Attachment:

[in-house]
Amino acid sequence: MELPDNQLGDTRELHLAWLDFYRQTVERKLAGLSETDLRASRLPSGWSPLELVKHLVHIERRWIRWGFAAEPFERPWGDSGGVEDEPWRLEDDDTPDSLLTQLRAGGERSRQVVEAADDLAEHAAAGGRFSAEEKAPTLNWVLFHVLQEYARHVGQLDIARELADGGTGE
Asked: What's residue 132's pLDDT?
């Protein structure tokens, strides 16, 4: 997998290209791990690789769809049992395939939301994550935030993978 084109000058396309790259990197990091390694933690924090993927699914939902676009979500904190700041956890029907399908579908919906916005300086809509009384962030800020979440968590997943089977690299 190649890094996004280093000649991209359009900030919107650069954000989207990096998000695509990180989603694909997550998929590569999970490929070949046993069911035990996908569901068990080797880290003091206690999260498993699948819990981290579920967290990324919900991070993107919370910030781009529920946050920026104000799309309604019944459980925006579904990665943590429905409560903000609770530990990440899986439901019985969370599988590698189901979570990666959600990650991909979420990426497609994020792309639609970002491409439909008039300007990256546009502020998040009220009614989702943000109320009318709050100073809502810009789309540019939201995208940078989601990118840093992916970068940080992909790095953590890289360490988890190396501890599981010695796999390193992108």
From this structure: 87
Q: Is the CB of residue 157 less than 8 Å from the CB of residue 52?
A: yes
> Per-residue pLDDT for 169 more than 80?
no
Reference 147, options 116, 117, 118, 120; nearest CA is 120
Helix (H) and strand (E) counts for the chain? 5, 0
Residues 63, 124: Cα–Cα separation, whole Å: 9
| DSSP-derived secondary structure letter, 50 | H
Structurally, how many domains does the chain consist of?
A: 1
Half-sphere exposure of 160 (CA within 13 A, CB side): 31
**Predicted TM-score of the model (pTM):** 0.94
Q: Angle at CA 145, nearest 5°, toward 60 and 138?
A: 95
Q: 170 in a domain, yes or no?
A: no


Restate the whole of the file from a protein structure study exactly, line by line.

[in-house]
Amino acid sequence: MELPDNQLGDTRELHLAWLDFYRQTVERKLAGLSETDLRASRLPSGWSPLELVKHLVHIERRWIRWGFAAEPFERPWGDSGGVEDEPWRLEDDDTPDSLLTQLRAGGERSRQVVEAADDLAEHAAAGGRFSAEEKAPTLNWVLFHVLQEYARHVGQLDIARELADGGTGE
Asked: What's residue 132's pLDDT?
């Protein structure tokens, strides 16, 4: 997998290209791990690789769809049992395939939301994550935030993978 084109000058396309790259990197990091390694933690924090993927699914939902676009979500904190700041956890029907399908579908919906916005300086809509009384962030800020979440968590997943089977690299 190649890094996004280093000649991209359009900030919107650069954000989207990096998000695509990180989603694909997550998929590569999970490929070949046993069911035990996908569901068990080797880290003091206690999260498993699948819990981290579920967290990324919900991070993107919370910030781009529920946050920026104000799309309604019944459980925006579904990665943590429905409560903000609770530990990440899986439901019985969370599988590698189901979570990666959600990650991909979420990426497609994020792309639609970002491409439909008039300007990256546009502020998040009220009614989702943000109320009318709050100073809502810009789309540019939201995208940078989601990118840093992916970068940080992909790095953590890289360490988890190396501890599981010695796999390193992108």
From this structure: 87
Q: Is the CB of residue 157 less than 8 Å from the CB of residue 52?
A: yes
> Per-residue pLDDT for 169 more than 80?
no
Reference 147, options 116, 117, 118, 120; nearest CA is 120
Helix (H) and strand (E) counts for the chain? 5, 0
Residues 63, 124: Cα–Cα separation, whole Å: 9
| DSSP-derived secondary structure letter, 50 | H
Structurally, how many domains does the chain consist of?
A: 1
Half-sphere exposure of 160 (CA within 13 A, CB side): 31
**Predicted TM-score of the model (pTM):** 0.94
Q: Angle at CA 145, nearest 5°, toward 60 and 138?
A: 95
Q: 170 in a domain, yes or no?
A: no